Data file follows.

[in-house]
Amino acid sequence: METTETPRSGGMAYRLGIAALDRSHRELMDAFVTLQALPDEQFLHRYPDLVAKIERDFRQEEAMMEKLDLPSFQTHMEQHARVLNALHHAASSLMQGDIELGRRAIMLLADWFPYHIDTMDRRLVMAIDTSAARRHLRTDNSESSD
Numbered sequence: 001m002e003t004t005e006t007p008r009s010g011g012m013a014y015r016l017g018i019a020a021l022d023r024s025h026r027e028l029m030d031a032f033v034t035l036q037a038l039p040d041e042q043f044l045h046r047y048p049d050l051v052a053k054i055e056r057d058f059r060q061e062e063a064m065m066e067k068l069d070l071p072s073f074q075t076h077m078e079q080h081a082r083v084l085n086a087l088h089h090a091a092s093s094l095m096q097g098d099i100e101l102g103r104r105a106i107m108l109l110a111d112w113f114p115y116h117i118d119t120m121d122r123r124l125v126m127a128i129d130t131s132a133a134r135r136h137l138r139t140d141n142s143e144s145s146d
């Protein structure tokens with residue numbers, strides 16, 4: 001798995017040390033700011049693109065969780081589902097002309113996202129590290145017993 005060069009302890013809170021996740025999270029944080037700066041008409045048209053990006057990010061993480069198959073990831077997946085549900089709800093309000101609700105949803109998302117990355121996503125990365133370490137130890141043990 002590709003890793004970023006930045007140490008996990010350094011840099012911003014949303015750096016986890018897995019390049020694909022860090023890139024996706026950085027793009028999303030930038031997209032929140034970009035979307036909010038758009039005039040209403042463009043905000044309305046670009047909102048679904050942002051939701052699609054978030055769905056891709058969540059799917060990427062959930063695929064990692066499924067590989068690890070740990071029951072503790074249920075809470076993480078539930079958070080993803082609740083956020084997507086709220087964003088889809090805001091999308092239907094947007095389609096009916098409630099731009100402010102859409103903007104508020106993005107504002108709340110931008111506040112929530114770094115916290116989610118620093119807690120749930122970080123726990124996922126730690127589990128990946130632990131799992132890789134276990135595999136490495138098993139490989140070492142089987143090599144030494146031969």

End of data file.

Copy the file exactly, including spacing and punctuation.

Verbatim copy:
[in-house]
Amino acid sequence: METTETPRSGGMAYRLGIAALDRSHRELMDAFVTLQALPDEQFLHRYPDLVAKIERDFRQEEAMMEKLDLPSFQTHMEQHARVLNALHHAASSLMQGDIELGRRAIMLLADWFPYHIDTMDRRLVMAIDTSAARRHLRTDNSESSD
Numbered sequence: 001m002e003t004t005e006t007p008r009s010g011g012m013a014y015r016l017g018i019a020a021l022d023r024s025h026r027e028l029m030d031a032f033v034t035l036q037a038l039p040d041e042q043f044l045h046r047y048p049d050l051v052a053k054i055e056r057d058f059r060q061e062e063a064m065m066e067k068l069d070l071p072s073f074q075t076h077m078e079q080h081a082r083v084l085n086a087l088h089h090a091a092s093s094l095m096q097g098d099i100e101l102g103r104r105a106i107m108l109l110a111d112w113f114p115y116h117i118d119t120m121d122r123r124l125v126m127a128i129d130t131s132a133a134r135r136h137l138r139t140d141n142s143e144s145s146d
């Protein structure tokens with residue numbers, strides 16, 4: 001798995017040390033700011049693109065969780081589902097002309113996202129590290145017993 005060069009302890013809170021996740025999270029944080037700066041008409045048209053990006057990010061993480069198959073990831077997946085549900089709800093309000101609700105949803109998302117990355121996503125990365133370490137130890141043990 002590709003890793004970023006930045007140490008996990010350094011840099012911003014949303015750096016986890018897995019390049020694909022860090023890139024996706026950085027793009028999303030930038031997209032929140034970009035979307036909010038758009039005039040209403042463009043905000044309305046670009047909102048679904050942002051939701052699609054978030055769905056891709058969540059799917060990427062959930063695929064990692066499924067590989068690890070740990071029951072503790074249920075809470076993480078539930079958070080993803082609740083956020084997507086709220087964003088889809090805001091999308092239907094947007095389609096009916098409630099731009100402010102859409103903007104508020106993005107504002108709340110931008111506040112929530114770094115916290116989610118620093119807690120749930122970080123726990124996922126730690127589990128990946130632990131799992132890789134276990135595999136490495138098993139490989140070492142089987143090599144030494146031969």